pH-dependence of chloride binding in ordinary Portland cement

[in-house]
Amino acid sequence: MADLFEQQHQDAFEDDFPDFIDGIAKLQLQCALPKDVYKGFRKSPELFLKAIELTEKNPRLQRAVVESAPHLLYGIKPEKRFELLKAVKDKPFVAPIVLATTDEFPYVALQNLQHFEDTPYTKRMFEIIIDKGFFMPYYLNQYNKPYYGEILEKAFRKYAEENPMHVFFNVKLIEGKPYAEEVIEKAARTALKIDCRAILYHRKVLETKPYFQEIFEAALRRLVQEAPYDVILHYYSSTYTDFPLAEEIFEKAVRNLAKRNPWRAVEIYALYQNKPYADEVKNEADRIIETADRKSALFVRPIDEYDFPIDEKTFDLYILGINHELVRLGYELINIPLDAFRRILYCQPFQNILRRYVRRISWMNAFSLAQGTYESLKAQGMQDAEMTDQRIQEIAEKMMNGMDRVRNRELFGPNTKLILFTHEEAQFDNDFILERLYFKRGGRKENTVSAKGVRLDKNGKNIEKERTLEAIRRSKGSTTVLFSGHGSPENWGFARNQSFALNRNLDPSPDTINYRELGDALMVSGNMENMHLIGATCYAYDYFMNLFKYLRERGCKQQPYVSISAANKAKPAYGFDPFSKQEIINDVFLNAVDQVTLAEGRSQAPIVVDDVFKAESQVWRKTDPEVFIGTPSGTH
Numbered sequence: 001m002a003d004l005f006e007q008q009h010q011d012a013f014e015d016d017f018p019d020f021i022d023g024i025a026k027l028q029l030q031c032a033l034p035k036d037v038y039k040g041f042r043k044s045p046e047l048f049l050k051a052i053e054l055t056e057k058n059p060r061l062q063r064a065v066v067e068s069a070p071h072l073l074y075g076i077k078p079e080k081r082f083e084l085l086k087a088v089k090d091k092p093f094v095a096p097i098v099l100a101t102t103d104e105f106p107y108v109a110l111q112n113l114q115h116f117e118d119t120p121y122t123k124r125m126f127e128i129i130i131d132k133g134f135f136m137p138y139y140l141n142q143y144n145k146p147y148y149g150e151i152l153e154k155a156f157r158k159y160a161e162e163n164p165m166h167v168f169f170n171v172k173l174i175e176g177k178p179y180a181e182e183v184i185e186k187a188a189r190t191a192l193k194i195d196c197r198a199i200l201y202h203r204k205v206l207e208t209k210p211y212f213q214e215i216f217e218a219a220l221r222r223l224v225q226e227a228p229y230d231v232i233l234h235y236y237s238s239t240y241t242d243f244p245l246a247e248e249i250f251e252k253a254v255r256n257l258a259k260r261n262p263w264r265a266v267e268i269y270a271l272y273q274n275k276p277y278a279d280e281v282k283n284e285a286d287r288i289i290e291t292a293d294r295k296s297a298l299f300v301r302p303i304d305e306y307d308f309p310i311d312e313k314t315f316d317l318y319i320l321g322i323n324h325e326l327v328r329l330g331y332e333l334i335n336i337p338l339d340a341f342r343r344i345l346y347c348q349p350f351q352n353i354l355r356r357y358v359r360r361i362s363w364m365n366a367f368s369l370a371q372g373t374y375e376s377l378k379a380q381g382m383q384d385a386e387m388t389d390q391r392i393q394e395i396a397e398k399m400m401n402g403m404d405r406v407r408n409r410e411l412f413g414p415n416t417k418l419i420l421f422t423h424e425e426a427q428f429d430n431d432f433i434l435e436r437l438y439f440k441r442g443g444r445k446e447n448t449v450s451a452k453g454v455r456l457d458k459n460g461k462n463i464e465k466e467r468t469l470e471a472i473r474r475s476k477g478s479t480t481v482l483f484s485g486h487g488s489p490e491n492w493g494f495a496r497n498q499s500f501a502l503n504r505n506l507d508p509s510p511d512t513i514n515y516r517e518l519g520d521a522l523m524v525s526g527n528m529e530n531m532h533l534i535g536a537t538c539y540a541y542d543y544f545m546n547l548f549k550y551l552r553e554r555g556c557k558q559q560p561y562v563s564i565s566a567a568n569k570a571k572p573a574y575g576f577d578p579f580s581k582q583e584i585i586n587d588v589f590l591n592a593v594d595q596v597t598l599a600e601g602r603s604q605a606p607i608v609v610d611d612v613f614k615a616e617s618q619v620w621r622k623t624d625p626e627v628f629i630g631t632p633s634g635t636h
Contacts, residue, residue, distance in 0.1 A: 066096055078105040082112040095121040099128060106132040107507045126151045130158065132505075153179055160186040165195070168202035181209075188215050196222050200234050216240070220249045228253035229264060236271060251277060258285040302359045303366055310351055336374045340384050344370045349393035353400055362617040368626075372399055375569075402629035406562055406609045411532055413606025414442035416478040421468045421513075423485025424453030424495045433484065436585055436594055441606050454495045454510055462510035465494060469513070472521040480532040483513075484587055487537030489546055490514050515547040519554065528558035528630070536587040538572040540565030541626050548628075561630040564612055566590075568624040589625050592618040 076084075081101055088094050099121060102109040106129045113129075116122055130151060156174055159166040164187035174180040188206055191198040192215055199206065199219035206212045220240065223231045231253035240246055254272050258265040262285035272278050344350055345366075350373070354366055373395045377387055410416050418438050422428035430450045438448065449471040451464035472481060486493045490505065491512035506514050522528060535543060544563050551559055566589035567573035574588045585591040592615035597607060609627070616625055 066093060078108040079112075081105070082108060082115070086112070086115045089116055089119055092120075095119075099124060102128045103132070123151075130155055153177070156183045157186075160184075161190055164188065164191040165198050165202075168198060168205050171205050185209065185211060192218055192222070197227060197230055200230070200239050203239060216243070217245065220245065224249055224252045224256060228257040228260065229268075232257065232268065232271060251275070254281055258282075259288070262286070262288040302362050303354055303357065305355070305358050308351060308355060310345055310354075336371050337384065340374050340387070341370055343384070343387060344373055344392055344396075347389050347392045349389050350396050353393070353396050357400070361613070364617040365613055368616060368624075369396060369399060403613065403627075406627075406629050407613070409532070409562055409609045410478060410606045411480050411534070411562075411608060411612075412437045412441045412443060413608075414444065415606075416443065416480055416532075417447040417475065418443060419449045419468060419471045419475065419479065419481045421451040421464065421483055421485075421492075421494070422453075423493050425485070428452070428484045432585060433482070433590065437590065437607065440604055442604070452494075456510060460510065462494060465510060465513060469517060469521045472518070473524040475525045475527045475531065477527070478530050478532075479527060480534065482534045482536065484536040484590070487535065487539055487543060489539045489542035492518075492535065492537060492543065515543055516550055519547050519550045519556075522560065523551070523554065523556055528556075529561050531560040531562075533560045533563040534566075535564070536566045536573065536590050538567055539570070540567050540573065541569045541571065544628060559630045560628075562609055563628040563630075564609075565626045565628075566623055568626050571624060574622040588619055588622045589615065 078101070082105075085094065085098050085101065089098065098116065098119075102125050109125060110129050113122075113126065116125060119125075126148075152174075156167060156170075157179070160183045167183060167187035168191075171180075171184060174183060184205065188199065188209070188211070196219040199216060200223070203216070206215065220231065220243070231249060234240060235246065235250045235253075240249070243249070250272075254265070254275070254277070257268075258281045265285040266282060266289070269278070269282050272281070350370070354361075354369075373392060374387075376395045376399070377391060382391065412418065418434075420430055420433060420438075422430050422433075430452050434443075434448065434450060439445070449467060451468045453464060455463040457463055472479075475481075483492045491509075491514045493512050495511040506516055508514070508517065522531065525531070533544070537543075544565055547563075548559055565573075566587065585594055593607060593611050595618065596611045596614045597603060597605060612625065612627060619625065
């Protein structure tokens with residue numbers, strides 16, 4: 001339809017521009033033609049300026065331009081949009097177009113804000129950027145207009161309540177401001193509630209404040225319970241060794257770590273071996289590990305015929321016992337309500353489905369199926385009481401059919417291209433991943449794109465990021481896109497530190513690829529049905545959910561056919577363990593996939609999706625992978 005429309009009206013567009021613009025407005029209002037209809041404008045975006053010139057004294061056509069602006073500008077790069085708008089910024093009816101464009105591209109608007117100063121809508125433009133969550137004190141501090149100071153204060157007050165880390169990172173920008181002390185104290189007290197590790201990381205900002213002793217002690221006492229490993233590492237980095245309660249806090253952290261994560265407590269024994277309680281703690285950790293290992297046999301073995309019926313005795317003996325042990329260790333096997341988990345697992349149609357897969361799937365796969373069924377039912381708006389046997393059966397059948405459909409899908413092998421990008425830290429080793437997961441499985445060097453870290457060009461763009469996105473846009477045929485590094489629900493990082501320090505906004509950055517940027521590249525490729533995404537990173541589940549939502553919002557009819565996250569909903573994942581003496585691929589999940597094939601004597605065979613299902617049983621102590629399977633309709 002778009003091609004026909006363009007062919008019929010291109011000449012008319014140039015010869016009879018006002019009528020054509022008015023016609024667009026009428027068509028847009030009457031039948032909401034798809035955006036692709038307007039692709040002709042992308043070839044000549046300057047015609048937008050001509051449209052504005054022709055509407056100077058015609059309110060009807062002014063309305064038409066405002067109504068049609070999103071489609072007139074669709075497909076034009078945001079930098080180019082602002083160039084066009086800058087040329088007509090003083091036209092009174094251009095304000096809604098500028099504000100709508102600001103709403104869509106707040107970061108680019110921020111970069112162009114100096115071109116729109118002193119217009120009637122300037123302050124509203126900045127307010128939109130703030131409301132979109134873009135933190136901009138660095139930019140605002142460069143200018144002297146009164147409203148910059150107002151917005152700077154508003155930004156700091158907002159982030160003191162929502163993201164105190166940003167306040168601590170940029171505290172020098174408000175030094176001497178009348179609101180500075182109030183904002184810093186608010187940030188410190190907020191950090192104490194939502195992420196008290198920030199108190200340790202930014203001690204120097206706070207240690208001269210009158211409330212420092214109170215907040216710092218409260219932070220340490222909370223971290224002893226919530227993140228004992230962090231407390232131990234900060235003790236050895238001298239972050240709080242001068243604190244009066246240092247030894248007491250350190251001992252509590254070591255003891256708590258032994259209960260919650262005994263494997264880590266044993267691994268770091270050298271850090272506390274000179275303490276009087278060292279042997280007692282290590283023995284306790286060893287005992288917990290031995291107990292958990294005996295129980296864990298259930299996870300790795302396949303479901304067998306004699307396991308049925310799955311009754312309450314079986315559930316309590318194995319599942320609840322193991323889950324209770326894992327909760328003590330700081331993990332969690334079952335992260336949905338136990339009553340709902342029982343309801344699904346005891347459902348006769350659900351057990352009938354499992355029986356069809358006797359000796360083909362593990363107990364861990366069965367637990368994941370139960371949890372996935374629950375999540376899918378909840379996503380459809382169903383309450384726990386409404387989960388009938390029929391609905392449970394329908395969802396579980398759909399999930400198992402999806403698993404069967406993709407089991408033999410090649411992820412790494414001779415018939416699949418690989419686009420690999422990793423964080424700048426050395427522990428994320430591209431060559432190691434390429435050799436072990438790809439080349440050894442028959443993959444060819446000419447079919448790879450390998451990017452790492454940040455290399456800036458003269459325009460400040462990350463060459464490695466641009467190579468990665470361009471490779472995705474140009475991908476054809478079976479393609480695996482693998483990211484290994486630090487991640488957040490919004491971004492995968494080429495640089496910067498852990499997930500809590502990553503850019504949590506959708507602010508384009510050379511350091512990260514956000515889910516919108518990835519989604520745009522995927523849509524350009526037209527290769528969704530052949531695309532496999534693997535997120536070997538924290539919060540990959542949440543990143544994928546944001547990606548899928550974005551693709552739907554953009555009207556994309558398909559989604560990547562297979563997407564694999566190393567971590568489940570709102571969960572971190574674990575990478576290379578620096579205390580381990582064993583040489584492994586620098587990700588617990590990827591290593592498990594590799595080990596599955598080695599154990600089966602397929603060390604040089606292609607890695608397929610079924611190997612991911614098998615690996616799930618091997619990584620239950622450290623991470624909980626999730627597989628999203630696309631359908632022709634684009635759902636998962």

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A new method for artificially leaching hydrated cement paste and studying how lowered pH in the pore solution affects chloride binding has been developed. Hydrated cement paste was exposed to a NaCl-solution before being acidified by adding small volumes of HCl in steps over several days, gradually lowering the pH. A pH-development curve was established, determining how the pH in the pore solution responded to increasing amounts of acid being added. The chloride binding of the cement paste as a function of the pH and free chloride concentration was then determined. For the range of pH from 12 to 13, decreasing pH increased chloride binding. At a pH of 11, the cement paste showed almost no chloride binding. The mechanisms of changes in chloride binding were investigated using TGA, XRD, SEM-EDS, ICP-MS and thermodynamic modelling. One of the main chloride binding phases, Friedel s salt, could not be detected with the applied techniques due to the cement paste being cured at 60 °C, therefore its influence could not be verified. Thermodynamic modelling does however confirm the possibility of Friedel s salt decomposing at pH 11. The increase in chloride binding from pH 13 to 12 is most likely related to the changes in the main hydrate phase C-S-H. The effect of pH on chloride binding should be accounted for in service life prediction models for concrete structures exposed to chlorides.